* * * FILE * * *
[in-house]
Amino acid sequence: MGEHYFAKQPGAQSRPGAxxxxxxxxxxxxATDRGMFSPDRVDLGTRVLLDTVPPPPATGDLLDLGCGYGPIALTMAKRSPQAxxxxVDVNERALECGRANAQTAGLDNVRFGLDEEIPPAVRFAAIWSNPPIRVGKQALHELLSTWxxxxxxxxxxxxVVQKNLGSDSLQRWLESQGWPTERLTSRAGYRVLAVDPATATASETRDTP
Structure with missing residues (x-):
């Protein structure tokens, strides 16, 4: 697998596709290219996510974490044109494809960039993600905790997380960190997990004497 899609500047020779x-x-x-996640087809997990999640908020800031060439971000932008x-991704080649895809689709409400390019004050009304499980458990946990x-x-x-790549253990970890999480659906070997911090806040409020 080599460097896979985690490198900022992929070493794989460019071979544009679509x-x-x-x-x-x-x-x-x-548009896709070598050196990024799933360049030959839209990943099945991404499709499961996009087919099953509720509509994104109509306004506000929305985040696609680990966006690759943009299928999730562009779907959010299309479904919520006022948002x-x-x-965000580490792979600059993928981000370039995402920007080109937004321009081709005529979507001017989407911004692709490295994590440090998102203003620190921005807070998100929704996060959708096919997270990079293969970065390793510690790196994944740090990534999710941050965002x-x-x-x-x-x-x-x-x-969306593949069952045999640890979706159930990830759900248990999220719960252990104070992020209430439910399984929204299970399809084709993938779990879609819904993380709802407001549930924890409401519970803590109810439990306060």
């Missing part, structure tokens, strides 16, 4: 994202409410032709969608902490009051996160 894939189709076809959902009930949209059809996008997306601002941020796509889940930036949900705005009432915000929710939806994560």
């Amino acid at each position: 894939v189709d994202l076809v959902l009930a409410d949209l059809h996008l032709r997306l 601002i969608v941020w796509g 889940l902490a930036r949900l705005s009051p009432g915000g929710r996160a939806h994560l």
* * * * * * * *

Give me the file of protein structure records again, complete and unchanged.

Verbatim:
[in-house]
Amino acid sequence: MGEHYFAKQPGAQSRPGAxxxxxxxxxxxxATDRGMFSPDRVDLGTRVLLDTVPPPPATGDLLDLGCGYGPIALTMAKRSPQAxxxxVDVNERALECGRANAQTAGLDNVRFGLDEEIPPAVRFAAIWSNPPIRVGKQALHELLSTWxxxxxxxxxxxxVVQKNLGSDSLQRWLESQGWPTERLTSRAGYRVLAVDPATATASETRDTP
Structure with missing residues (x-):
């Protein structure tokens, strides 16, 4: 697998596709290219996510974490044109494809960039993600905790997380960190997990004497 899609500047020779x-x-x-996640087809997990999640908020800031060439971000932008x-991704080649895809689709409400390019004050009304499980458990946990x-x-x-790549253990970890999480659906070997911090806040409020 080599460097896979985690490198900022992929070493794989460019071979544009679509x-x-x-x-x-x-x-x-x-548009896709070598050196990024799933360049030959839209990943099945991404499709499961996009087919099953509720509509994104109509306004506000929305985040696609680990966006690759943009299928999730562009779907959010299309479904919520006022948002x-x-x-965000580490792979600059993928981000370039995402920007080109937004321009081709005529979507001017989407911004692709490295994590440090998102203003620190921005807070998100929704996060959708096919997270990079293969970065390793510690790196994944740090990534999710941050965002x-x-x-x-x-x-x-x-x-969306593949069952045999640890979706159930990830759900248990999220719960252990104070992020209430439910399984929204299970399809084709993938779990879609819904993380709802407001549930924890409401519970803590109810439990306060």
């Missing part, structure tokens, strides 16, 4: 994202409410032709969608902490009051996160 894939189709076809959902009930949209059809996008997306601002941020796509889940930036949900705005009432915000929710939806994560």
């Amino acid at each position: 894939v189709d994202l076809v959902l009930a409410d949209l059809h996008l032709r997306l 601002i969608v941020w796509g 889940l902490a930036r949900l705005s009051p009432g915000g929710r996160a939806h994560l």